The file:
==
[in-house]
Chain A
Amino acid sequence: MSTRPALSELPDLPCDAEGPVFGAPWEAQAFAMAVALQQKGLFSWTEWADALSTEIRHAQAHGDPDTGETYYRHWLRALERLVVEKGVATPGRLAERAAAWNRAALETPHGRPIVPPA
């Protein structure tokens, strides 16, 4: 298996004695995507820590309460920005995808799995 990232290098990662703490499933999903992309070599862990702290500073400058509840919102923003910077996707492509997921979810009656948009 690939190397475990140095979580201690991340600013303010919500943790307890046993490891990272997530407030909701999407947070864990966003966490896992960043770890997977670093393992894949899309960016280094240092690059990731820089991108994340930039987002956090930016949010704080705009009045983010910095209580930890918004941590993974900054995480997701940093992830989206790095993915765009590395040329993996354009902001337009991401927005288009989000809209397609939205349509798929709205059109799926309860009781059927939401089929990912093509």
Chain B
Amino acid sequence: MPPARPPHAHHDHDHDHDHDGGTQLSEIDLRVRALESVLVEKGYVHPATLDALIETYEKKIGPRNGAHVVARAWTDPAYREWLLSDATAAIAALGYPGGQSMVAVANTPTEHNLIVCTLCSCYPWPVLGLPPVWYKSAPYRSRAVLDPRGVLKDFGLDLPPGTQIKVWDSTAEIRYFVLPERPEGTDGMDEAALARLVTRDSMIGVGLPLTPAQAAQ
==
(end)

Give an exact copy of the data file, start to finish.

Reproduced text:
[in-house]
Chain A
Amino acid sequence: MSTRPALSELPDLPCDAEGPVFGAPWEAQAFAMAVALQQKGLFSWTEWADALSTEIRHAQAHGDPDTGETYYRHWLRALERLVVEKGVATPGRLAERAAAWNRAALETPHGRPIVPPA
């Protein structure tokens, strides 16, 4: 298996004695995507820590309460920005995808799995 990232290098990662703490499933999903992309070599862990702290500073400058509840919102923003910077996707492509997921979810009656948009 690939190397475990140095979580201690991340600013303010919500943790307890046993490891990272997530407030909701999407947070864990966003966490896992960043770890997977670093393992894949899309960016280094240092690059990731820089991108994340930039987002956090930016949010704080705009009045983010910095209580930890918004941590993974900054995480997701940093992830989206790095993915765009590395040329993996354009902001337009991401927005288009989000809209397609939205349509798929709205059109799926309860009781059927939401089929990912093509």
Chain B
Amino acid sequence: MPPARPPHAHHDHDHDHDHDGGTQLSEIDLRVRALESVLVEKGYVHPATLDALIETYEKKIGPRNGAHVVARAWTDPAYREWLLSDATAAIAALGYPGGQSMVAVANTPTEHNLIVCTLCSCYPWPVLGLPPVWYKSAPYRSRAVLDPRGVLKDFGLDLPPGTQIKVWDSTAEIRYFVLPERPEGTDGMDEAALARLVTRDSMIGVGLPLTPAQAAQ